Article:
B.K.S. Iyengar's book The Tree of Yoga is a lovely account of the practical and philosophical meaning of yoga. I believe a book has met its raison d'etre when it gets you to think about and reflect on your own life, and this book is likely to get you philosophizing about what yoga is about.
I believe everything is energy, everything that happens within our bodies, our thoughts, our emotions; it all has a vibrancy. As does the Earth and the Universe. It's all interconnected and emitting it's vibrancy at all times. Yoga is a means to become aware of the vibrancy in your body, in your thoughts and emotions. As B.K.S. Iyengar says “yoga is more than physical. It is cellular, mental, intellectual and spiritual- it involves man in his entire being.”
Iyengar beautifully says: “the science of yoga helps us to keep the body as a temple so that it becomes as clean as the soul. The body is lazy, the mind is vibrant and the soul is luminous. Yogic practices develop the body to the level of the vibrant mind so that the body and the mind, having both become vibrant, are drawn towards the light of the soul” .
Most of us give very little attention to what happens within our bodies throughout the day. Mostly, we're too busy thinking of our to do lists, our worries and obligations, and other things that keep us disctracted. We forget to really feel what our bodies, our intuition tells us. Only when pain comes along, do we become aware of our body's presence. And even that pain we try to ignore. But to really know yourself, to know your feelings, you must know your body. You must understand its signals and its intuitive signs. Only in truly knowing your body's communication, can we know how to heal ourselves. Energy is stored in each cell of our body; memories, emotions and divine secrets we have forgotten, are stored within our body, waiting to be released. As we see in nature, everything must be in movement, in flowing energy. Even a tree, static and immobile, is always changing and growing. Animals experience their emotions by acting them out instantly as they feel them, so they don't get stored within their bodies. This is how it should be with humans as well. Except, we evolved to be more restrained and reserved and we choose to hide and tone the emotions in, and they build up in our cells and create blockages. Yoga is an effective means of releasing energy that is built up within us.
Iyengar says: “You know how electricity is produced: water flows like a waterfall unto turbines which rotate under the action of the water to generate the current. So also, when we are performing asanas, we make the blood fall on every one of our cells like water onto a turbine, to release the hidden energy of our body and bring new light to the cells.” So yoga is a means to bring energy, life, to our cells, where our past experiences in form of emotion and memory are hidden. The energy is used to release that accumulated pressure and through movement, grant space, freedom and healing.
According to Iyengar “the effect of the asanas is to keep the skin, cells, nerves, arteries and veins, respiratory and circulatory systems, digestive and excretory systems, mind, intelligence, consciousness, all clean and clear.”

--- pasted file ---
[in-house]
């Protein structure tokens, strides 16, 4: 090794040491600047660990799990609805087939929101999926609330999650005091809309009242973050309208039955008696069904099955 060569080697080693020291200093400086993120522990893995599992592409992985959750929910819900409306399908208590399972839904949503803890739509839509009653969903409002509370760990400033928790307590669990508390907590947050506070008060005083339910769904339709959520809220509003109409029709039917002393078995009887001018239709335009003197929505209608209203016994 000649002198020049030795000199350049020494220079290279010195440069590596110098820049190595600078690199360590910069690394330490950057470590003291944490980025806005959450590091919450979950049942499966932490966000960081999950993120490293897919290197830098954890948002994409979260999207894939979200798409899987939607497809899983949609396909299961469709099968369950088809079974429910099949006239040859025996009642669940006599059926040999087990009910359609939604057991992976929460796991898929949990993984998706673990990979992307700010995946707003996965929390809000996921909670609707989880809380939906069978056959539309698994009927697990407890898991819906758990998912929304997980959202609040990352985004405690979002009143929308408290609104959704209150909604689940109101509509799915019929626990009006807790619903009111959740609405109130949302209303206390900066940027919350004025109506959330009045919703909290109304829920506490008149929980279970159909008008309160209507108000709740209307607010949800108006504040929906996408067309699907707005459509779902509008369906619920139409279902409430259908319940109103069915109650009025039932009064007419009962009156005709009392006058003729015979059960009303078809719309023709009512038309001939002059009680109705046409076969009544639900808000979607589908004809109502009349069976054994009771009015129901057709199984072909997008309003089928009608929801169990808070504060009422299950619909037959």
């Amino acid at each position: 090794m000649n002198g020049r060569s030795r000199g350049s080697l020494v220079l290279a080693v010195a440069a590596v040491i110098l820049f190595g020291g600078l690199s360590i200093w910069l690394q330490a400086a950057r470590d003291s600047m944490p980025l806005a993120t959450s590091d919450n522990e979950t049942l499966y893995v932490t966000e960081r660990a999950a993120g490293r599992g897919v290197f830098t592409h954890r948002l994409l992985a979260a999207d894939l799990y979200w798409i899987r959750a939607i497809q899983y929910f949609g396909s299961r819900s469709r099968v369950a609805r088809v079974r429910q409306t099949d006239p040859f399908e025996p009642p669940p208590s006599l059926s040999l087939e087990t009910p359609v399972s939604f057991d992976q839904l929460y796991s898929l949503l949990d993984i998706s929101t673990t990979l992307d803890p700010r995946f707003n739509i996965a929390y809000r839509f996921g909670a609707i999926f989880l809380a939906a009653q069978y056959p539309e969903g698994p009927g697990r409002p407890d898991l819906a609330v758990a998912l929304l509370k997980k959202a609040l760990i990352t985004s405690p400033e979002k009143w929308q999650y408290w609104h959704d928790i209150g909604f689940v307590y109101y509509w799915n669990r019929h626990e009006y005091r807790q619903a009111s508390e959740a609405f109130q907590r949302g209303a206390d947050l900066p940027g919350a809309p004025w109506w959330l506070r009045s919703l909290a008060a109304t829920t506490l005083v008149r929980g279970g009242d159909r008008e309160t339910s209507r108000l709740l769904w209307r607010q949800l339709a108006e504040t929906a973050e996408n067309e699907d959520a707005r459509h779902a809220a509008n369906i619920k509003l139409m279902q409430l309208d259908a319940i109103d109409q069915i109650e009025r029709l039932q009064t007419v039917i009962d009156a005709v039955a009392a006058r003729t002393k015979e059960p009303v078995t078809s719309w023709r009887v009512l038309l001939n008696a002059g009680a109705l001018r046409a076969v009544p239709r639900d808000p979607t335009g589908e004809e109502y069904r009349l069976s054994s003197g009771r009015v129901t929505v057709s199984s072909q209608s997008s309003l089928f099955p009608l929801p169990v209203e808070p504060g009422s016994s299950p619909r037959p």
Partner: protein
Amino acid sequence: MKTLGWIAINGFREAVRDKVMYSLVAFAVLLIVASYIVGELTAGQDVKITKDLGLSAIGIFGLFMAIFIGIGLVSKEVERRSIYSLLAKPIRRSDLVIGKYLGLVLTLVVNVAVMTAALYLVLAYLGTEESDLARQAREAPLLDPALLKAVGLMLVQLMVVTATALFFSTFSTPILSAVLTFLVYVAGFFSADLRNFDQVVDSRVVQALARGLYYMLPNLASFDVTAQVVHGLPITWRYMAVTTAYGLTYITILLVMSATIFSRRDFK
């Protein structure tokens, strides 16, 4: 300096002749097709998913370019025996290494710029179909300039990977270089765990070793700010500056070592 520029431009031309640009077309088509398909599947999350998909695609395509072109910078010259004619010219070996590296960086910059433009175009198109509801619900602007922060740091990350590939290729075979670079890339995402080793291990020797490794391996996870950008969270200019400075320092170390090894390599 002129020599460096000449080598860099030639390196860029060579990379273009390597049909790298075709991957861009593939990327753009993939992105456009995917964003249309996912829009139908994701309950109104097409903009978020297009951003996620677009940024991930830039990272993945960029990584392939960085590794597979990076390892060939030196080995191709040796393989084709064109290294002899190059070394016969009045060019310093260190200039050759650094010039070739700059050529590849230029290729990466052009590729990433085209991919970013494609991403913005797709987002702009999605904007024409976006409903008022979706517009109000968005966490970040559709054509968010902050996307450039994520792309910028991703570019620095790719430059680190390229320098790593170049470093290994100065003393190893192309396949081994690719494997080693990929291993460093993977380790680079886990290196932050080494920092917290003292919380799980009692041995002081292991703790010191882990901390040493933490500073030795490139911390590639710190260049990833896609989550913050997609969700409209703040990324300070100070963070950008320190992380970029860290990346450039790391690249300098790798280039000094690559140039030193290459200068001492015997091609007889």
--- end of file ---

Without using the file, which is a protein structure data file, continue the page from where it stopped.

Knowing this, it becomes quite logical why you feel so good at the end of a yoga session. You didn't just move and breathe and stretch your body. You drenched your whole being with fresh, renewing energy.
Of course, to achieve this effect, yoga needs to be practiced more than sporadically. It needs to be practiced with discipline as often as possible, preferably as a daily habit.
Iyengar writes: “Each one has to train himself or herself, for without discipline we cannot become free, nor can there be freedom in the world without discipline. Discipline alone brings true freedom. If you have to gain health, do you think you can do so without discipline? Moderation in living is essential. This is why yoga starts with a code of conduct which each individual has to develop.”
The philosophy yoga is built on, is based on creating the best environment within yourself for yoga to have it's most powerful effect. Without the discipline of persistent practice, you won't gain the freedom that yoga offers your mind, body and soul.
Iyengar mentions 5 qualities, he refers to as yogic vitamins, which he thinks are required for an effective yoga practice: “This is how the asanas have to be performed. It cannot come in a day and it cannot come in years. It is a lifelong process, provided that the practitioner has the yogic vitamins of faith, memory, courage, absorption, and uninterrupted awareness of attention. These are the 5 vitamins required for the practice of yoga. With these 5 vitamins you can conquer the 5 sheaths of the body and become one with the Universal Self.”
These vitamins are what is needed to reach your full potential. This is how I interpret the use of these vitamins:
The faith in yourself and your own abilities and the faith in the power of the divinity of yoga which are found within the movements your body makes.
The memory of how your body is supposed to move and what it was built for by the creator, for it to reach it's full potential.
The courage to move in freedom and let yourself change to become who you are meant to be.
The absorption of the physical, emotional and spiritual effects that are taking place. The art of letting those effects flush over you and letting yourself become as one with them.
The uninterrupted awareness of attention to experience and skillfully guide and manipulate the changes within yourself that will make you the best version of yourself that you can be, not only for your own soul's healing, but for the healing of the soul of the world.